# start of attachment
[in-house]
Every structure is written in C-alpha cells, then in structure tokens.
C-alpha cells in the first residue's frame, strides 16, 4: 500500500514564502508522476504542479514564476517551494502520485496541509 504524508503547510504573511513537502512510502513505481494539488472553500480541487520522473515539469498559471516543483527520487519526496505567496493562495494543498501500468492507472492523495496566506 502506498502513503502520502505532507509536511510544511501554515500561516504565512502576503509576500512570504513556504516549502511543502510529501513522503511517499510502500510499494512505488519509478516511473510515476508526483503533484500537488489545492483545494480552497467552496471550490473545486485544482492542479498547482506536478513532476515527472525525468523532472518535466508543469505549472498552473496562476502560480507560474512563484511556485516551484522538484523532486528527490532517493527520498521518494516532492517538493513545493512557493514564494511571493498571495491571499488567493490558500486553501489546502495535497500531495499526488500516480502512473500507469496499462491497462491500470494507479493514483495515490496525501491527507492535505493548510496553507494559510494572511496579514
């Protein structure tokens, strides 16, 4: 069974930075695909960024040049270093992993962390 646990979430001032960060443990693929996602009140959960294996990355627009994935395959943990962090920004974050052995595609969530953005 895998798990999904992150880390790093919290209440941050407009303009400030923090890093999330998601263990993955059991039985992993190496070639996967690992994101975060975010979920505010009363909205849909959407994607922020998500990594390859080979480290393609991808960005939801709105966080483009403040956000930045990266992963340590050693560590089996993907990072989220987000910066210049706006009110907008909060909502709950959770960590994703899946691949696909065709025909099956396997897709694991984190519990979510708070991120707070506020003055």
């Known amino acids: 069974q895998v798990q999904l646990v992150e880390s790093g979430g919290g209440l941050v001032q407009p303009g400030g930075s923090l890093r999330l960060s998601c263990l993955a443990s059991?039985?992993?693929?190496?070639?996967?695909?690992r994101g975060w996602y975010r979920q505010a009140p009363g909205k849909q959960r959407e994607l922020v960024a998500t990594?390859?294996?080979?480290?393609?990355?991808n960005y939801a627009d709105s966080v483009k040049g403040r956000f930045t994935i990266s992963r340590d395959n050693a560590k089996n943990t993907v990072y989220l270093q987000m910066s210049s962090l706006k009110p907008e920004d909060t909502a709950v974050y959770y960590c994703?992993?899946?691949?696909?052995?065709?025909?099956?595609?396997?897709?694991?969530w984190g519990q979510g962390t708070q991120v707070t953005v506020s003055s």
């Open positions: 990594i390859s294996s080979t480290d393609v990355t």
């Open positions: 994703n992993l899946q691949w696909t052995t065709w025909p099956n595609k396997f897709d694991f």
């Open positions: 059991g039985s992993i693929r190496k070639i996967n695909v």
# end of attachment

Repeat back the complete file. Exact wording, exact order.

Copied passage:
[in-house]
Every structure is written in C-alpha cells, then in structure tokens.
C-alpha cells in the first residue's frame, strides 16, 4: 500500500514564502508522476504542479514564476517551494502520485496541509 504524508503547510504573511513537502512510502513505481494539488472553500480541487520522473515539469498559471516543483527520487519526496505567496493562495494543498501500468492507472492523495496566506 502506498502513503502520502505532507509536511510544511501554515500561516504565512502576503509576500512570504513556504516549502511543502510529501513522503511517499510502500510499494512505488519509478516511473510515476508526483503533484500537488489545492483545494480552497467552496471550490473545486485544482492542479498547482506536478513532476515527472525525468523532472518535466508543469505549472498552473496562476502560480507560474512563484511556485516551484522538484523532486528527490532517493527520498521518494516532492517538493513545493512557493514564494511571493498571495491571499488567493490558500486553501489546502495535497500531495499526488500516480502512473500507469496499462491497462491500470494507479493514483495515490496525501491527507492535505493548510496553507494559510494572511496579514
């Protein structure tokens, strides 16, 4: 069974930075695909960024040049270093992993962390 646990979430001032960060443990693929996602009140959960294996990355627009994935395959943990962090920004974050052995595609969530953005 895998798990999904992150880390790093919290209440941050407009303009400030923090890093999330998601263990993955059991039985992993190496070639996967690992994101975060975010979920505010009363909205849909959407994607922020998500990594390859080979480290393609991808960005939801709105966080483009403040956000930045990266992963340590050693560590089996993907990072989220987000910066210049706006009110907008909060909502709950959770960590994703899946691949696909065709025909099956396997897709694991984190519990979510708070991120707070506020003055």
């Known amino acids: 069974q895998v798990q999904l646990v992150e880390s790093g979430g919290g209440l941050v001032q407009p303009g400030g930075s923090l890093r999330l960060s998601c263990l993955a443990s059991?039985?992993?693929?190496?070639?996967?695909?690992r994101g975060w996602y975010r979920q505010a009140p009363g909205k849909q959960r959407e994607l922020v960024a998500t990594?390859?294996?080979?480290?393609?990355?991808n960005y939801a627009d709105s966080v483009k040049g403040r956000f930045t994935i990266s992963r340590d395959n050693a560590k089996n943990t993907v990072y989220l270093q987000m910066s210049s962090l706006k009110p907008e920004d909060t909502a709950v974050y959770y960590c994703?992993?899946?691949?696909?052995?065709?025909?099956?595609?396997?897709?694991?969530w984190g519990q979510g962390t708070q991120v707070t953005v506020s003055s």
């Open positions: 990594i390859s294996s080979t480290d393609v990355t």
């Open positions: 994703n992993l899946q691949w696909t052995t065709w025909p099956n595609k396997f897709d694991f």
């Open positions: 059991g039985s992993i693929r190496k070639i996967n695909v």